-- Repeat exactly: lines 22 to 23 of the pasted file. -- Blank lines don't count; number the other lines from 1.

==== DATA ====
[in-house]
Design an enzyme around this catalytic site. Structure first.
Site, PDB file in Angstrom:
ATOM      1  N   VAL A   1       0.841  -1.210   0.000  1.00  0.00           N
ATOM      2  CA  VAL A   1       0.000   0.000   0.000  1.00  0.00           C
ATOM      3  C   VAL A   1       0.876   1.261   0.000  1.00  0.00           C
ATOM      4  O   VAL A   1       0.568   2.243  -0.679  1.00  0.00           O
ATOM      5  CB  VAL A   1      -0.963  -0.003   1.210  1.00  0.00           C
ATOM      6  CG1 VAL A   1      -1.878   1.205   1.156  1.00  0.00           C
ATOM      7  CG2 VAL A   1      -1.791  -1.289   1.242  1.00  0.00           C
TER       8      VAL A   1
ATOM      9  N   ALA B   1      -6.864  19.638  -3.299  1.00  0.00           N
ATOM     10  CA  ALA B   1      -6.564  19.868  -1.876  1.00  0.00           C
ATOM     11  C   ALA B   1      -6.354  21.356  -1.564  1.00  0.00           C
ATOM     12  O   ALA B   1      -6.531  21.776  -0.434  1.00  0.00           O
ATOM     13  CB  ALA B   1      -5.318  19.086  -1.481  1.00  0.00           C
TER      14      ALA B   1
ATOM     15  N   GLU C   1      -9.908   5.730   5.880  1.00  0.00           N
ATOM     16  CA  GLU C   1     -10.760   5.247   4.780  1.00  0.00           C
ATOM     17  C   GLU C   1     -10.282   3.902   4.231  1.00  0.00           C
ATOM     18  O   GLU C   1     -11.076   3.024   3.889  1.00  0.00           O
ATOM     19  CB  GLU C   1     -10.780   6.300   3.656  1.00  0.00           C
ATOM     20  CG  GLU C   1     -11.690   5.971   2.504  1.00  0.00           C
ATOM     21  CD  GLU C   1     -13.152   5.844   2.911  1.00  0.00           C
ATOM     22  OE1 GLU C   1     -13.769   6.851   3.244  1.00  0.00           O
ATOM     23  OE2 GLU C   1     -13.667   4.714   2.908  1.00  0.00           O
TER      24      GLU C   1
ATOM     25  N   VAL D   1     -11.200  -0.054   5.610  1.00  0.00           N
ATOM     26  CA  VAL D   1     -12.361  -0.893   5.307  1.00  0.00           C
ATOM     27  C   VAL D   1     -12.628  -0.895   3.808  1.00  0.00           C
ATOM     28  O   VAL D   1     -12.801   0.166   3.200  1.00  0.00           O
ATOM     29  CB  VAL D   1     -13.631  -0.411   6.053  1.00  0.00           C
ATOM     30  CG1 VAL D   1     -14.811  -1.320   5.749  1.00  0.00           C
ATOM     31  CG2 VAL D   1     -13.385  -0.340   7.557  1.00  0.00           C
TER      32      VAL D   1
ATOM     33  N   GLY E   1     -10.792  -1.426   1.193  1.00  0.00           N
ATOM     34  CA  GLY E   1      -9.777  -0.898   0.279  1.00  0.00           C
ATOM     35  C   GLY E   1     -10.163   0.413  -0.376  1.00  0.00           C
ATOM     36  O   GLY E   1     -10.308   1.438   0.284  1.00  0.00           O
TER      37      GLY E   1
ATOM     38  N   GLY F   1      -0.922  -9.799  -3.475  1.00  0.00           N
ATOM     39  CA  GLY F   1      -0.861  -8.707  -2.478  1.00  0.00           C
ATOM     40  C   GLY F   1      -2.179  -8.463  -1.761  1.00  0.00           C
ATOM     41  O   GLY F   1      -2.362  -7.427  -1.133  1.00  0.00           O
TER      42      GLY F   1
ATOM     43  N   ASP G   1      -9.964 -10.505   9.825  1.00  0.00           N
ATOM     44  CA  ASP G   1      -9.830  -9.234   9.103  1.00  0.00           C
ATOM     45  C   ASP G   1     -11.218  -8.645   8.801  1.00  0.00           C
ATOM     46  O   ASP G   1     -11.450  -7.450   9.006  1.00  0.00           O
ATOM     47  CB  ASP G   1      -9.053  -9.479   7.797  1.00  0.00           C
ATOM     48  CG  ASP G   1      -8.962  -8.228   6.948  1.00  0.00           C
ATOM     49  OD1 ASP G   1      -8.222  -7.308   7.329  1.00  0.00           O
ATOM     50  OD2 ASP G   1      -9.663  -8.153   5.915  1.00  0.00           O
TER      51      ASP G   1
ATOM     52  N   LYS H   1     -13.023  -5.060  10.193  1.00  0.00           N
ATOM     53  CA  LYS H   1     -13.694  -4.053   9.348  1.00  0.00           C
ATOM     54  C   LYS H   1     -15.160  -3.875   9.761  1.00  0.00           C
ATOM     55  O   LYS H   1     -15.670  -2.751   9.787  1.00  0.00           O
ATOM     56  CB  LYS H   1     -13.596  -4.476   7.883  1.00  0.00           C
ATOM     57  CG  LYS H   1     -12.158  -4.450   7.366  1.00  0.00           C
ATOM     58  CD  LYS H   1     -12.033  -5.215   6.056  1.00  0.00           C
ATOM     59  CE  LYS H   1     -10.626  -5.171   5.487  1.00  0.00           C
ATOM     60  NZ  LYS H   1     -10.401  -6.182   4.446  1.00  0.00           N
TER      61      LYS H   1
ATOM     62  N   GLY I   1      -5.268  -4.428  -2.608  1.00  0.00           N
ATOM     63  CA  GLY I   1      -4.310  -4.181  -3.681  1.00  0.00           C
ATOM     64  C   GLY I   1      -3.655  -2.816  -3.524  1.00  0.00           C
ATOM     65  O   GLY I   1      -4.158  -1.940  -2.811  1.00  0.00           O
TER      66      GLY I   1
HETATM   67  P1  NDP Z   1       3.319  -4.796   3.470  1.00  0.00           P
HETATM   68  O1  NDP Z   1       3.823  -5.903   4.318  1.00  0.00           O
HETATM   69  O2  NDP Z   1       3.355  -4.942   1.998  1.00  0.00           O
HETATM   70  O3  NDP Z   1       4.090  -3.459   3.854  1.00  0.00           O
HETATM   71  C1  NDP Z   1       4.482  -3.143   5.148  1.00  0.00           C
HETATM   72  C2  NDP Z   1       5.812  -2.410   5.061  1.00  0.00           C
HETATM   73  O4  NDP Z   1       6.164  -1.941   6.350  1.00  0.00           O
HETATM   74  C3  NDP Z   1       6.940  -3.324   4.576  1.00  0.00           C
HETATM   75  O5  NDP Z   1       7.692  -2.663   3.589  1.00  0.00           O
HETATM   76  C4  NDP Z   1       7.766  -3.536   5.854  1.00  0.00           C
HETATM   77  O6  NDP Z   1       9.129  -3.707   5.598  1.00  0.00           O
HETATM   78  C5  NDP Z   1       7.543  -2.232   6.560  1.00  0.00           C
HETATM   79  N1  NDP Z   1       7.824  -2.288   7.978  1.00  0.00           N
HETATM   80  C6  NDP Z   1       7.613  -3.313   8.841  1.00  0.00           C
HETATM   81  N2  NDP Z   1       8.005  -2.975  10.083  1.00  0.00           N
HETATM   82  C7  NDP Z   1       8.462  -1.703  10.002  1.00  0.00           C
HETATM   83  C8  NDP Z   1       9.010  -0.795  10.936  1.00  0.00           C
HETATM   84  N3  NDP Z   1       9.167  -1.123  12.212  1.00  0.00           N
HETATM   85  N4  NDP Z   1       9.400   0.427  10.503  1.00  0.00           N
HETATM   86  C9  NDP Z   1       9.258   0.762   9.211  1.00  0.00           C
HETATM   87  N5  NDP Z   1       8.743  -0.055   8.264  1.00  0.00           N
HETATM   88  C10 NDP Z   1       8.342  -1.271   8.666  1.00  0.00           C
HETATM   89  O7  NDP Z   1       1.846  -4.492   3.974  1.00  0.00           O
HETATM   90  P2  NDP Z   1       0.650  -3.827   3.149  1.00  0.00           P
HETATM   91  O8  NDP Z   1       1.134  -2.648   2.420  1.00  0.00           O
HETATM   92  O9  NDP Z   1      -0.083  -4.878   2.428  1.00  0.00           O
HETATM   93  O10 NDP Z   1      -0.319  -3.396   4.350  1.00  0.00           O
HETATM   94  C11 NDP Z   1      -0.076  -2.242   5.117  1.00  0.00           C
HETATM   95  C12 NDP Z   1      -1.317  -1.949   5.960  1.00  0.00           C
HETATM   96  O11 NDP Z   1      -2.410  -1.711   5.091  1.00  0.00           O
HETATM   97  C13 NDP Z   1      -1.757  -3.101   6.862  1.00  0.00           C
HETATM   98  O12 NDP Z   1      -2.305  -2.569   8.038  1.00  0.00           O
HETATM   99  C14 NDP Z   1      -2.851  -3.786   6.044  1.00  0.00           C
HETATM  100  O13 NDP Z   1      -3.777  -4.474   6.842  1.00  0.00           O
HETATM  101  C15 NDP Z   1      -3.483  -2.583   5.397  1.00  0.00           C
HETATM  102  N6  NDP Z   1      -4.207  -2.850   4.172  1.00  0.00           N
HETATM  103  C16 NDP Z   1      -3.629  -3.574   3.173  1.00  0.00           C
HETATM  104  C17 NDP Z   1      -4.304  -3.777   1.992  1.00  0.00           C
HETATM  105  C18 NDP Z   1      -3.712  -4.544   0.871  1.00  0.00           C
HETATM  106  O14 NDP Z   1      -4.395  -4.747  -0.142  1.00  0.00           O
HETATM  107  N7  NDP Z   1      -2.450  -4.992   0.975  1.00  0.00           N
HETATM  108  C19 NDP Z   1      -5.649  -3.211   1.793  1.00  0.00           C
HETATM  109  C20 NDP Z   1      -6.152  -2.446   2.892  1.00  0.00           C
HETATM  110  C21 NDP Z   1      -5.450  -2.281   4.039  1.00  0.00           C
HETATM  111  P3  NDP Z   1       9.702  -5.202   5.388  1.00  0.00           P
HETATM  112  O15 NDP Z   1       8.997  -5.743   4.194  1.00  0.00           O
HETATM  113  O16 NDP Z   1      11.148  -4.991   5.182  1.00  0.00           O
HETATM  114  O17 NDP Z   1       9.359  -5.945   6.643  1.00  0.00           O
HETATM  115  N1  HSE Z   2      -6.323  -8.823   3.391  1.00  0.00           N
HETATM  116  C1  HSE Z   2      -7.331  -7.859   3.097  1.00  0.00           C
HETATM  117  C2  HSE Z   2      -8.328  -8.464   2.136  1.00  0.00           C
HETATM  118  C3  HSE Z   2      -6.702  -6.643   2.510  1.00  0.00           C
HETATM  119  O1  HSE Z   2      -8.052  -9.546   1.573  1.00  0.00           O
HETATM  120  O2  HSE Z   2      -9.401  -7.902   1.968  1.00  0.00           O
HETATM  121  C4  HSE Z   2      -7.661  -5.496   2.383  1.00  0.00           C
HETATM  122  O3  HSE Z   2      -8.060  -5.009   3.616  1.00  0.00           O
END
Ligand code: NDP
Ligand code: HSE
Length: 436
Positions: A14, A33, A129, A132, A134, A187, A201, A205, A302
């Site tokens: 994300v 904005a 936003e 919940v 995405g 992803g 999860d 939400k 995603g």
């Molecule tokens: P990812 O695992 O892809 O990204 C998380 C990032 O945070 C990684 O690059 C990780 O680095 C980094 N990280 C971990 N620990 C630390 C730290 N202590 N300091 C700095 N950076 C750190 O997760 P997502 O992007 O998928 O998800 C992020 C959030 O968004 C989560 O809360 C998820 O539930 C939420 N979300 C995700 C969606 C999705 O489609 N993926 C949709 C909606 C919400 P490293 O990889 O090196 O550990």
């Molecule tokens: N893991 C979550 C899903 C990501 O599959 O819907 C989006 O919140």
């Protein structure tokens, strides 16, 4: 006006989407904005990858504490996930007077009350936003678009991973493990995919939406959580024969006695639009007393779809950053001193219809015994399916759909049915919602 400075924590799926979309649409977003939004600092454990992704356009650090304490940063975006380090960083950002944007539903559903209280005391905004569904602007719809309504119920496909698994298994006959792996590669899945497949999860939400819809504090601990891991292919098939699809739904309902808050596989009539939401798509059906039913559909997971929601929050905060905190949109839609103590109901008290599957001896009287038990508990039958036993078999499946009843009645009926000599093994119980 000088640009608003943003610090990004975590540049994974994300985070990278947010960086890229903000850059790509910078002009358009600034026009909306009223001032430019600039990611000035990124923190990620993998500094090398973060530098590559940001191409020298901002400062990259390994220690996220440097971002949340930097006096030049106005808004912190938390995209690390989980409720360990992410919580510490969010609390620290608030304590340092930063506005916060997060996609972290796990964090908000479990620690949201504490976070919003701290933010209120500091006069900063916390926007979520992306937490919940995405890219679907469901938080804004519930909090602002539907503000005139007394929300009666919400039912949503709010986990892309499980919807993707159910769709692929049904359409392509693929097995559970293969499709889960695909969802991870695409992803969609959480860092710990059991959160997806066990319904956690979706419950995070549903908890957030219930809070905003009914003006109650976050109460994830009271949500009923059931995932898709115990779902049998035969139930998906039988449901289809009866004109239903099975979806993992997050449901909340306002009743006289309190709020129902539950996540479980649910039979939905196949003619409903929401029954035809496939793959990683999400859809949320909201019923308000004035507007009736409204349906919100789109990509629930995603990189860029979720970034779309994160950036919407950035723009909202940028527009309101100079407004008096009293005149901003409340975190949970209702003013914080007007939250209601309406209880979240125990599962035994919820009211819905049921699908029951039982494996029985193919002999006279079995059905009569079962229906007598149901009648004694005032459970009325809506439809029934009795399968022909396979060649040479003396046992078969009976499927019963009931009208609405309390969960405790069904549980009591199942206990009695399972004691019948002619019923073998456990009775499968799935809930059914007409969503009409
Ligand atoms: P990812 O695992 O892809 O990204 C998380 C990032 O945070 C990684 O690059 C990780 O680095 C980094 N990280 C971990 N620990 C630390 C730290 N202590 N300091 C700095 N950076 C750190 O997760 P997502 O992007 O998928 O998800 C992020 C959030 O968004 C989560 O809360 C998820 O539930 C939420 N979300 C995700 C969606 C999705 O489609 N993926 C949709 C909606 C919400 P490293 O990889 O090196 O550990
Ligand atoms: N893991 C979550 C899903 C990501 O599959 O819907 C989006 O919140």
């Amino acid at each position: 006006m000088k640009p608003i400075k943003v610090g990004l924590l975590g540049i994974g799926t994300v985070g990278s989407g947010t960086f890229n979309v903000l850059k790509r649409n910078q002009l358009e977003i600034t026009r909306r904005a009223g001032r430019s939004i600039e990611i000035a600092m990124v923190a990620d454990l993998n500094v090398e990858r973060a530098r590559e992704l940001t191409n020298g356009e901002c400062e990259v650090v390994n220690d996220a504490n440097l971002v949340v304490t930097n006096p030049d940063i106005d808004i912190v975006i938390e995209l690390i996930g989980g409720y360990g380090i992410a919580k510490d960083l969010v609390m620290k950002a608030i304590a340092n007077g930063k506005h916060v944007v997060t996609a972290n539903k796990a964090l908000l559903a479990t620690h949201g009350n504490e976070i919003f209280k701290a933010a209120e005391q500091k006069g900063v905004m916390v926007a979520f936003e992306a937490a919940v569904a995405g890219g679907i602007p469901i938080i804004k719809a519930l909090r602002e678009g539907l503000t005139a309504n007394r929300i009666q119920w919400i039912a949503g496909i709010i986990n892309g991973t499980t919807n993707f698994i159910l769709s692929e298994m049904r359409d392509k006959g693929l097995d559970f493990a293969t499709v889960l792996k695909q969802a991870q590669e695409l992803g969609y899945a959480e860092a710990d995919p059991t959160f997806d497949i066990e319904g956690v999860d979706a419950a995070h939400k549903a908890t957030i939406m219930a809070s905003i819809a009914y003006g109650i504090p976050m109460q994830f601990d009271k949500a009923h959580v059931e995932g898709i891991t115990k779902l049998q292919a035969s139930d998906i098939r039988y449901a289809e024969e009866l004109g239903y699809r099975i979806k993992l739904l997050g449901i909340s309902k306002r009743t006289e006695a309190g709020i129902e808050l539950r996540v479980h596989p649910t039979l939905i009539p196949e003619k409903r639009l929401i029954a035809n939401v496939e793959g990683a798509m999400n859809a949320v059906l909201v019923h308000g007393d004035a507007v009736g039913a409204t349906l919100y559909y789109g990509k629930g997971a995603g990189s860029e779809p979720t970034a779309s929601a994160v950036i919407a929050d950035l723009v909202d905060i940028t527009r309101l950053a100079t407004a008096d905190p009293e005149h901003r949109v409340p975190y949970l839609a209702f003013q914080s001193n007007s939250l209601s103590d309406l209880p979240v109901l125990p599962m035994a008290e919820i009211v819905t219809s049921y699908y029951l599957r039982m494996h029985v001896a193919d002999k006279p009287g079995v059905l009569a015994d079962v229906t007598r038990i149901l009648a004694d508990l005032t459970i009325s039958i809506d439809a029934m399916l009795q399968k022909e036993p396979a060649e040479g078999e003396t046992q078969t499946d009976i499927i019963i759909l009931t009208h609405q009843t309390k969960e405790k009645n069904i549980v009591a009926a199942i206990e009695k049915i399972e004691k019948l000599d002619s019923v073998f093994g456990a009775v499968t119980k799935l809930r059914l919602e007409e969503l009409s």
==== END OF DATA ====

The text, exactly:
ATOM     19  CB  GLU C   1     -10.780   6.300   3.656  1.00  0.00           C
ATOM     20  CG  GLU C   1     -11.690   5.971   2.504  1.00  0.00           C